may not be given retroactive effect if it effects a substantive change in
the law. See Diaz, 245 F.3d at 303 (citing Marmolejos, 140 F.3d at
The Third Circuit, specifically confronting this issue, held that
Amendment 591 is not retroactively applicable. Diaz, 245 F.3d at 303.
The Third Circuit had previously held that the pre-amendment guidelines
required the sentencing court to perform a heartland analysis in making
the initial choice of the appropriate guideline to apply. See United
States v. Smith, 186 F.3d 290, 297-98 (3d Cir. 1999), superseded by rule
as stated in Diaz, 245 F.3d at 303. In Diaz, noting that Amendment 591
"plainly abrogates and overrules our prior construction of the guidelines
in Smith and its progeny," the Third Circuit stated that "it is clear
that Amendment 591 effects a substantive change to the Sentencing
Guidelines as we interpreted them in Smith." Diaz, 245 F.3d at 303.
Because Amendment 591 abrogates the substantive meaning of the
pre-amendment guidelines as interpreted by the Third Circuit, it effects a
substantive change in the law, and is therefore not retroactively
applicable. Accordingly, Amendment 591 does not apply to defendant's
sentencing in 1994, and does not support defendant's claim for
modification of sentence. Defendant's motion for reduction of sentence
will be denied on this ground.
Furthermore, as the United States correctly contends, application of
the current guidelines as modified by Amendment 591 would not change
defendant's sentence. Defendant was convicted and sentenced for murder
for hire, in violation of 18 U.S.C. § 1958. The guideline applicable
to this offense is § 2E1.4, see
U.S.S.G. App. A, which provides a
base offense level of (1) 32, or (2) the offense level applicable to the
underlying unlawful conduct. See U.S.S.G. § 2E1.4 (2001).*fn2
Application Note 1 provides that "[i]f the underlying conduct violates
state law, the offense level corresponding to the most analogous federal
offense is to be used." U.S.S.G. § 2E1.4 cmt. n. 1. Due to
defendant's conspiratorial conduct, the guidelines for the most analogous
federal offense is U.S.S.G. § 2A1.5, Conspiracy or Solicitation to
Commit Murder. See U.S.S.G. § 2A1.5. U.S.S.G. § 2A1.5 provides
for a base offense level of 28 and contains a cross reference directing
that "[i]f the offense resulted in the death of the victim, apply §
2A1.1." Id. at (c)(1). Here, because the murder for hire resulted in
the death of the victim, the provision of U.S.S.G. § 2A1.1, First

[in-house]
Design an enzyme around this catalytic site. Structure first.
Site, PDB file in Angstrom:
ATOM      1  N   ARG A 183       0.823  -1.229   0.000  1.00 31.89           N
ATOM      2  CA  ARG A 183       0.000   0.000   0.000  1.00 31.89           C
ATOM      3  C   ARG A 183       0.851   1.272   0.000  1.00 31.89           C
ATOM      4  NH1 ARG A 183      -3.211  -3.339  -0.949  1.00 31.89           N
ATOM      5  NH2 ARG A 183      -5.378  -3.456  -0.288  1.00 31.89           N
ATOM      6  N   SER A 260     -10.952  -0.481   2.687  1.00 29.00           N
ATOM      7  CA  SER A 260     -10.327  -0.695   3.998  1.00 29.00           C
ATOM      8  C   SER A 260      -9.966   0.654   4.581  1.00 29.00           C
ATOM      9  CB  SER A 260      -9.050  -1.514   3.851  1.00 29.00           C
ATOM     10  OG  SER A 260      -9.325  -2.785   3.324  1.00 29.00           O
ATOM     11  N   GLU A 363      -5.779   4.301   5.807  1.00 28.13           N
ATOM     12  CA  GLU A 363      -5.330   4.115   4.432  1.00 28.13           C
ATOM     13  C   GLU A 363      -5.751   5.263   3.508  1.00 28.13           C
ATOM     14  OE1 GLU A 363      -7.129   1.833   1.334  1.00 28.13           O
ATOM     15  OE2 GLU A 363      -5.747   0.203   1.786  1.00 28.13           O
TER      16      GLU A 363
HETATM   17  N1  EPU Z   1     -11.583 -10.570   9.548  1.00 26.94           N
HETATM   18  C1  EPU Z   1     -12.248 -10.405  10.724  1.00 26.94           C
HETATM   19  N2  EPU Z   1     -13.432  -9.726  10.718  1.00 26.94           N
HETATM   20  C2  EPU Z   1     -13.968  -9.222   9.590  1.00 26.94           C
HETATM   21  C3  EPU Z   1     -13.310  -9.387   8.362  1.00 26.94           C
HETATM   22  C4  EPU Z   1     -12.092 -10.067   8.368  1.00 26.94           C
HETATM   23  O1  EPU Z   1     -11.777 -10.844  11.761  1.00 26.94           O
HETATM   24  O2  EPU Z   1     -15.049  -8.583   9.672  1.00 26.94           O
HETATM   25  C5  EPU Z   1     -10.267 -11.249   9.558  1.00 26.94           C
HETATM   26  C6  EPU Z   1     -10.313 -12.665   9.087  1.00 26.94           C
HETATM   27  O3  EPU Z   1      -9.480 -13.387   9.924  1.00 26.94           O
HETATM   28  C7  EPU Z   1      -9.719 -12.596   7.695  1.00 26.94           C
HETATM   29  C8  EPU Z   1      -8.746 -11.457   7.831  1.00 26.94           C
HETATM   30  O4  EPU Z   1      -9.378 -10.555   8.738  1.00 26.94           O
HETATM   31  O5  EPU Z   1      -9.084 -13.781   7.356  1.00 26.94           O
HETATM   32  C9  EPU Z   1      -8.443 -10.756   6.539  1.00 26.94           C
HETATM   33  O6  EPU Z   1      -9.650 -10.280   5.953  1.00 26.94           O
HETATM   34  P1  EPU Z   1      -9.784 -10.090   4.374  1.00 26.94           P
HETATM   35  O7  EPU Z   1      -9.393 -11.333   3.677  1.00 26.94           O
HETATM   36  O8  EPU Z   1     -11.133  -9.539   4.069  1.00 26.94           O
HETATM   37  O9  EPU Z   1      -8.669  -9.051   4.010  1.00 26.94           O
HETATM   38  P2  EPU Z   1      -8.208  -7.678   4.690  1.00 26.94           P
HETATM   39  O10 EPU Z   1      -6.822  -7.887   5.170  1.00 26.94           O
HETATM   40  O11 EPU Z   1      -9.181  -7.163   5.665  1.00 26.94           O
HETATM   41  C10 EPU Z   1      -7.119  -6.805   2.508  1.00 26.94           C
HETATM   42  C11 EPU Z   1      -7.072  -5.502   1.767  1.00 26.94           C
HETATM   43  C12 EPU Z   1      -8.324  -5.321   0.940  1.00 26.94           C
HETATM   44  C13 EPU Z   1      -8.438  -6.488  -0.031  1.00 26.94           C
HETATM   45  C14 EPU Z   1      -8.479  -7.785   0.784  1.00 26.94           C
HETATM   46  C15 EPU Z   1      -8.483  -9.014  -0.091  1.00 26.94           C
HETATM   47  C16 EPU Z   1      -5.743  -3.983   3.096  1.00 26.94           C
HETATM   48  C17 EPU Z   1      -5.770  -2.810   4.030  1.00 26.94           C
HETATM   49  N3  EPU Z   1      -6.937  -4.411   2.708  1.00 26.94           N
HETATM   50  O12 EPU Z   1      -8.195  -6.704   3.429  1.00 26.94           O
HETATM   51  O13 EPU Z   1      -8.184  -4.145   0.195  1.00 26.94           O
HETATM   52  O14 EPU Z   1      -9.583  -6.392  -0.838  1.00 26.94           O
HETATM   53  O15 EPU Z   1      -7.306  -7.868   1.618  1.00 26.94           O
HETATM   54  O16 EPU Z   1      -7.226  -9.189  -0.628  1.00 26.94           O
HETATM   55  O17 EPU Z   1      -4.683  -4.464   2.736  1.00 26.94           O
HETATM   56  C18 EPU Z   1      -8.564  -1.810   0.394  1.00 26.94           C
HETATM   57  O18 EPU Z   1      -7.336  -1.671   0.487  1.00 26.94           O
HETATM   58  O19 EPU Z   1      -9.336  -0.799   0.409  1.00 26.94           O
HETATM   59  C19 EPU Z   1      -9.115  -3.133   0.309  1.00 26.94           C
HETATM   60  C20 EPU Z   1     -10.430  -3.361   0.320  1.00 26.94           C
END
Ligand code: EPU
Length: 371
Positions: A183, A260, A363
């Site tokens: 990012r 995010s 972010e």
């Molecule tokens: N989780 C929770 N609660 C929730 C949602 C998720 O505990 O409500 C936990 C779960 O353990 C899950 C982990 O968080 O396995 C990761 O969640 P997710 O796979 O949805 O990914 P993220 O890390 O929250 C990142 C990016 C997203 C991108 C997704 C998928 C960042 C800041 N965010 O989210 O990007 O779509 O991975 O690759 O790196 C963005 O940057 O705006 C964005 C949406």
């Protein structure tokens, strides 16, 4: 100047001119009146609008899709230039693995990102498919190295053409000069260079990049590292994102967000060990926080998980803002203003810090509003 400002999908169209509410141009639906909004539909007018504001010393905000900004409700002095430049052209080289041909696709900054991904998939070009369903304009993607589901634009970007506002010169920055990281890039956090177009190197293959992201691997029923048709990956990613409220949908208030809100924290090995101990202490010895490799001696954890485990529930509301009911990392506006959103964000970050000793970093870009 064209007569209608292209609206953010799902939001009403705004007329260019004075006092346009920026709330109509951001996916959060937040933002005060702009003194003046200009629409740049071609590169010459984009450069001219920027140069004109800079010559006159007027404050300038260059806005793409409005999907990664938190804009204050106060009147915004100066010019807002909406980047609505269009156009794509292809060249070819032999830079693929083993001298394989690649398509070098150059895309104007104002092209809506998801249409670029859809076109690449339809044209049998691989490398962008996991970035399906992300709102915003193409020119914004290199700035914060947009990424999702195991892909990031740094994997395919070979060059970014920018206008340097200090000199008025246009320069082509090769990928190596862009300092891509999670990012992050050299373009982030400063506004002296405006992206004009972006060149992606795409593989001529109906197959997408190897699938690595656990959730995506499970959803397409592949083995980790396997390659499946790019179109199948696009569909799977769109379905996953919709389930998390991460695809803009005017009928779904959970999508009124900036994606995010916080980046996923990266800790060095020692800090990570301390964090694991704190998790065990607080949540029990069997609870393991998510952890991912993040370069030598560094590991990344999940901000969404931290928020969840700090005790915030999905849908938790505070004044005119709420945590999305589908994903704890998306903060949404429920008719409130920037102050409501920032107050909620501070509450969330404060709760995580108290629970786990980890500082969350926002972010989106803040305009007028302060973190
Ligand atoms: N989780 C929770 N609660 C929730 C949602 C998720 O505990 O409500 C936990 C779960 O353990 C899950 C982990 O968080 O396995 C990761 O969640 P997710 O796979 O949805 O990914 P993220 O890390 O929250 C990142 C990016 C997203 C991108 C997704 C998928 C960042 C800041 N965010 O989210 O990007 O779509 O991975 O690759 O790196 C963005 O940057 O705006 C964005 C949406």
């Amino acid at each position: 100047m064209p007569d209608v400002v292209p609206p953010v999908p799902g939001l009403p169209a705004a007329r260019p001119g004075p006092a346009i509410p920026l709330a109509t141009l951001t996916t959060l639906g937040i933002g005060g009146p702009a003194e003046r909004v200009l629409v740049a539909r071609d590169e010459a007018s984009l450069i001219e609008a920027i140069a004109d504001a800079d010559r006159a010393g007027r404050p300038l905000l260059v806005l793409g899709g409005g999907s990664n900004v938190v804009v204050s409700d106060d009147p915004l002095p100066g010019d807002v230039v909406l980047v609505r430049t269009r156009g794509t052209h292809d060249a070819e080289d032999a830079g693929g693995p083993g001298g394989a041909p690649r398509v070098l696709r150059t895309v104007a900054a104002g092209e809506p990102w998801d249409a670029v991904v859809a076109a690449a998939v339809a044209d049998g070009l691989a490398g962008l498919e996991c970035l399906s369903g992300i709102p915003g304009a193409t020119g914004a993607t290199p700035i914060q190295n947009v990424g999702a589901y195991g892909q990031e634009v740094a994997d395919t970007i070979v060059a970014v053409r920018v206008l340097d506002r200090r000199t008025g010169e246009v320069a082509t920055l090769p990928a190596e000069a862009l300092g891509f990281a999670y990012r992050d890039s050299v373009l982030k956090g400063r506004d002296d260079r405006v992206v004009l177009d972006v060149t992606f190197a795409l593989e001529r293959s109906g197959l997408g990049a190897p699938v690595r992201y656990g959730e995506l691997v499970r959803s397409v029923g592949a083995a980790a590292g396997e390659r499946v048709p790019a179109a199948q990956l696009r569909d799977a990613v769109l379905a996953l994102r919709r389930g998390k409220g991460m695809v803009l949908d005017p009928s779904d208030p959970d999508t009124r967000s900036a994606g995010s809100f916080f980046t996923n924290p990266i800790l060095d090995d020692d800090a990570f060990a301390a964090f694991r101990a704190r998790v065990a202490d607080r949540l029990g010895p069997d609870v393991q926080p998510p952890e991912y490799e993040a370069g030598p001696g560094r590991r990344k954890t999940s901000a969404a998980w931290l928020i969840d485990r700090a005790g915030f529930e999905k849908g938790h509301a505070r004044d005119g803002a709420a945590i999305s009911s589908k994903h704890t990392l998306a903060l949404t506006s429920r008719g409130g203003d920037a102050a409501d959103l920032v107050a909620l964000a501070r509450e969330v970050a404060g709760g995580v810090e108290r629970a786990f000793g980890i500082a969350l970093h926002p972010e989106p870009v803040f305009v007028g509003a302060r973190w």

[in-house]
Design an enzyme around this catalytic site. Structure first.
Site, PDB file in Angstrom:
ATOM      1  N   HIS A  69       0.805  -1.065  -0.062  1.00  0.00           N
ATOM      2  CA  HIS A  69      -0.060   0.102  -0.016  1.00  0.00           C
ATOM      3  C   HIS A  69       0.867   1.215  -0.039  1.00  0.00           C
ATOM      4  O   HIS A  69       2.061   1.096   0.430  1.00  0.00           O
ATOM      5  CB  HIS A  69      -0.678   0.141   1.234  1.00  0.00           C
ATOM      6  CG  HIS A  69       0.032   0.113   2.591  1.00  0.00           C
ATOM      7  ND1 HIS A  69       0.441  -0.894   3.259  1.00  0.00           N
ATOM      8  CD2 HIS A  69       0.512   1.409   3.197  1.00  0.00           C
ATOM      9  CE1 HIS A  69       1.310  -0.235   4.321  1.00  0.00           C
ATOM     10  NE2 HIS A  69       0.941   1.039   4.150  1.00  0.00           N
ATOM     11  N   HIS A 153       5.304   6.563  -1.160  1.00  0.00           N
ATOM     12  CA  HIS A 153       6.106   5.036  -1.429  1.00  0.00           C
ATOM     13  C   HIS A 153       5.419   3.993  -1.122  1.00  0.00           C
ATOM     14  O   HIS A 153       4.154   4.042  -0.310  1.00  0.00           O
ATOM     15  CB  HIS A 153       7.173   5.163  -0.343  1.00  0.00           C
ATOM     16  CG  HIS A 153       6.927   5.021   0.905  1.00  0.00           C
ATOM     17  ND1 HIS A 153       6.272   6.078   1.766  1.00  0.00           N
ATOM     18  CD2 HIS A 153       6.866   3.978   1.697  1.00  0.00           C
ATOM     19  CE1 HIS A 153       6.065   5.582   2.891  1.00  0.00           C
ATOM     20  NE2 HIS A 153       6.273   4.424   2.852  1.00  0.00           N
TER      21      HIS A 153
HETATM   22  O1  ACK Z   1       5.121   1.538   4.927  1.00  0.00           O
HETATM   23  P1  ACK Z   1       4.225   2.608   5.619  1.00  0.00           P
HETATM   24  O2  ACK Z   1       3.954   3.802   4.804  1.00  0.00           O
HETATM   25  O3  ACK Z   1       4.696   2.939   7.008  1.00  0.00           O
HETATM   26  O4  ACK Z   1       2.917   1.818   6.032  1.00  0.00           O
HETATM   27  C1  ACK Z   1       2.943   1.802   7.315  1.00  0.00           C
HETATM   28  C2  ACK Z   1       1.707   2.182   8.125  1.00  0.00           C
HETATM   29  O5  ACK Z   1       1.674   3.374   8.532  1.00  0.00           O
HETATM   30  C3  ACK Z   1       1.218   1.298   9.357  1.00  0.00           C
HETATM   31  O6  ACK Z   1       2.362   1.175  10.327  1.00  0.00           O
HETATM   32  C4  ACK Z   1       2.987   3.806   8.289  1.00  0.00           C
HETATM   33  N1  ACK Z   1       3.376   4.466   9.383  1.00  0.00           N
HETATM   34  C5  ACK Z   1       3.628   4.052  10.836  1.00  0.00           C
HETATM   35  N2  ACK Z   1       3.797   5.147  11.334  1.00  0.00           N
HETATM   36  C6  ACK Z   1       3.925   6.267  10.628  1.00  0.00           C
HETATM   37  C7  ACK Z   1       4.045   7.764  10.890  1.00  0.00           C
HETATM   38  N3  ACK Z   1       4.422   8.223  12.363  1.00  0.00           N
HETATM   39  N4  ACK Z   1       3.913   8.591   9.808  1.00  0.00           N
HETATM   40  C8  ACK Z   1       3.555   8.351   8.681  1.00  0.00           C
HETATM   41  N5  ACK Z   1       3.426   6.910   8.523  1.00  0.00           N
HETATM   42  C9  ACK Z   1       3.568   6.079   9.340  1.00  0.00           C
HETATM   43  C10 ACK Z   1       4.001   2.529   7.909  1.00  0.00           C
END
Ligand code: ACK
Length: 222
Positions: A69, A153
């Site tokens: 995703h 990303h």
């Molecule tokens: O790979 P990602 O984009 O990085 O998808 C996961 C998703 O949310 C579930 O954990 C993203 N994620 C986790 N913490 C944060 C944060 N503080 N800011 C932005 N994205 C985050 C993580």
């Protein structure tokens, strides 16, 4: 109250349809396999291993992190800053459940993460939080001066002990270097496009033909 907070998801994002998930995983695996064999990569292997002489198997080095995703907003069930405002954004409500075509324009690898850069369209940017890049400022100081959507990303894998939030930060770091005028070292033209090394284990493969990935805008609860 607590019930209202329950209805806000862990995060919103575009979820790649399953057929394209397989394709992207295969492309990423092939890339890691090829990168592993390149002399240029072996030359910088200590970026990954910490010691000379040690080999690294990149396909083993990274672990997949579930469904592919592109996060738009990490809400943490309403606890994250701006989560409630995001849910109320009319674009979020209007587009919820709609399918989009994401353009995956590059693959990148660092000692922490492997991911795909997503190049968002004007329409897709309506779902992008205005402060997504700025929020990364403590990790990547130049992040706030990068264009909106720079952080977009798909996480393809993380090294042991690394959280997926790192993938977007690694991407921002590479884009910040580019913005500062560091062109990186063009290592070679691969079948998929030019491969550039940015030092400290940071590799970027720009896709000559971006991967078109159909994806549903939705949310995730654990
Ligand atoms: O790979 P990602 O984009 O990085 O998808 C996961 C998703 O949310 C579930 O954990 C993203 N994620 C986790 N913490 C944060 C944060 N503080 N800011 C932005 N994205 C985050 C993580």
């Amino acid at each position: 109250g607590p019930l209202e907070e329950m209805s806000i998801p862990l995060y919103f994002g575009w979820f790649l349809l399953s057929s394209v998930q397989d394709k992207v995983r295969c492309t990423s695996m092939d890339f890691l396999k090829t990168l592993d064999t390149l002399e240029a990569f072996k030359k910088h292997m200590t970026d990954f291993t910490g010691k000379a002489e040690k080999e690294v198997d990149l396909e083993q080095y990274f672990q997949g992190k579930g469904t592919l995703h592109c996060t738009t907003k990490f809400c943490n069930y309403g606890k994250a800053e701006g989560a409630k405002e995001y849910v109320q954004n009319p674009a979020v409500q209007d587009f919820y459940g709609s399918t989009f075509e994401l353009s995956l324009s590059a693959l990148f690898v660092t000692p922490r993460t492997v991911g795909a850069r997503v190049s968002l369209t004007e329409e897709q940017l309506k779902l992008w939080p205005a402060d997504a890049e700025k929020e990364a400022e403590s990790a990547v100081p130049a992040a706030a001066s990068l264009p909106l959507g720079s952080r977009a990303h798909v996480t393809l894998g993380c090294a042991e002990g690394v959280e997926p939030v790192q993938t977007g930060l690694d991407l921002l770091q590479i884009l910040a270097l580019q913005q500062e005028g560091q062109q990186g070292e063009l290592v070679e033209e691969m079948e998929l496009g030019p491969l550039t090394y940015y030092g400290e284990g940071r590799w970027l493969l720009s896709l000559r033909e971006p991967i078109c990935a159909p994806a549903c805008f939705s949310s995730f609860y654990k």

Degree Murder, is applicable, providing a base offense level of 43. See
U.S.S.G. § 2A1.1. The commentary to this guideline states that
"[t]he Commission has concluded that in the absence of capital punishment
life imprisonment is the appropriate punishment for premeditated
killing. . . . [T]his guideline also applies when death results from the
commission of certain felonies." U.S.S.G. § 2A1.1 cmt. n. 1.
Defendant claims that he should have been sentenced for "the crime he
was convicted of," the guideline for which is found at § 2E1.4,
because "Amendment 591 simply states that if Petitioner is not convicted
of the conduct do not punish him as if he was." Def.'s Reply Br. at 5.
Amendment 591, however, "does not alter the court's obligation to apply
`appropriate cross-references' contained in a particular guideline."
Anderson v. United States, 2001 WL 180140, No. 3-90-0165-H, at *2
(N.D.Tex. Feb. 16, 2001) (citing U.S.S.G. § 1B1.1(b)). Here, because
loss of life resulted from defendant's conspiracy to commit murder, all
as alleged in the indictment and as found by the jury's verdict, the
Sentencing Guidelines mandate an offense level of 43 and life
imprisonment in defendant's case. See U.S.S.G. § 2A1.1(a) & cmt. n.
1. Therefore, even if Amendment 591 were retroactively applicable,
defendant's sentence would not be reduced.
For the reasons discussed above, defendant's motion for reduction of
sentence will be denied. The accompanying Order will be entered.
THIS MATTER having come before the Court upon motion by defendant
Manuel Garcia for reduction of sentence pursuant to
18 U.S.C. § 3582(c)(2); and the Court having considered the parties'
submissions; and for good cause shown; and for reasons stated in the
Opinion of today's date;
ORDERED that defendant's motion for reduction of sentence shall be, and
hereby is, DENIED.